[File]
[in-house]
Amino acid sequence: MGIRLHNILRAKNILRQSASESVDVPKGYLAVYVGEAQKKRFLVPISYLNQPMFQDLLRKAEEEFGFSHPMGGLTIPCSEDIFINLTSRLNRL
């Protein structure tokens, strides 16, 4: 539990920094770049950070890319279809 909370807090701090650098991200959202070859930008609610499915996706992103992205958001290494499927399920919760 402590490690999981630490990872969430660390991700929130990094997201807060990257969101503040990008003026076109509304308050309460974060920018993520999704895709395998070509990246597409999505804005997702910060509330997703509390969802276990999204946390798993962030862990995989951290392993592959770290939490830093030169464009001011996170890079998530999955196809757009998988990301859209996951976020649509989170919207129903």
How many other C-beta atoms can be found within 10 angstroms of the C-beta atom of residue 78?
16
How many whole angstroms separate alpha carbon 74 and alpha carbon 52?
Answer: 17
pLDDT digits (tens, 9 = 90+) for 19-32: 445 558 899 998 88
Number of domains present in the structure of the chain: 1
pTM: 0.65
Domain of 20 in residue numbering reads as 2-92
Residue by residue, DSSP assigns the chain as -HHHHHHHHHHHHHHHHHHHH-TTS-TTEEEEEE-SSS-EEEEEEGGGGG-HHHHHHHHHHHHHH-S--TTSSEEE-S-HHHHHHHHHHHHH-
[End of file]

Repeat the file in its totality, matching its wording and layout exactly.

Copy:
[in-house]
Amino acid sequence: MGIRLHNILRAKNILRQSASESVDVPKGYLAVYVGEAQKKRFLVPISYLNQPMFQDLLRKAEEEFGFSHPMGGLTIPCSEDIFINLTSRLNRL
């Protein structure tokens, strides 16, 4: 539990920094770049950070890319279809 909370807090701090650098991200959202070859930008609610499915996706992103992205958001290494499927399920919760 402590490690999981630490990872969430660390991700929130990094997201807060990257969101503040990008003026076109509304308050309460974060920018993520999704895709395998070509990246597409999505804005997702910060509330997703509390969802276990999204946390798993962030862990995989951290392993592959770290939490830093030169464009001011996170890079998530999955196809757009998988990301859209996951976020649509989170919207129903």
How many other C-beta atoms can be found within 10 angstroms of the C-beta atom of residue 78?
16
How many whole angstroms separate alpha carbon 74 and alpha carbon 52?
Answer: 17
pLDDT digits (tens, 9 = 90+) for 19-32: 445 558 899 998 88
Number of domains present in the structure of the chain: 1
pTM: 0.65
Domain of 20 in residue numbering reads as 2-92
Residue by residue, DSSP assigns the chain as -HHHHHHHHHHHHHHHHHHHH-TTS-TTEEEEEE-SSS-EEEEEEGGGGG-HHHHHHHHHHHHHH-S--TTSSEEE-S-HHHHHHHHHHHHH-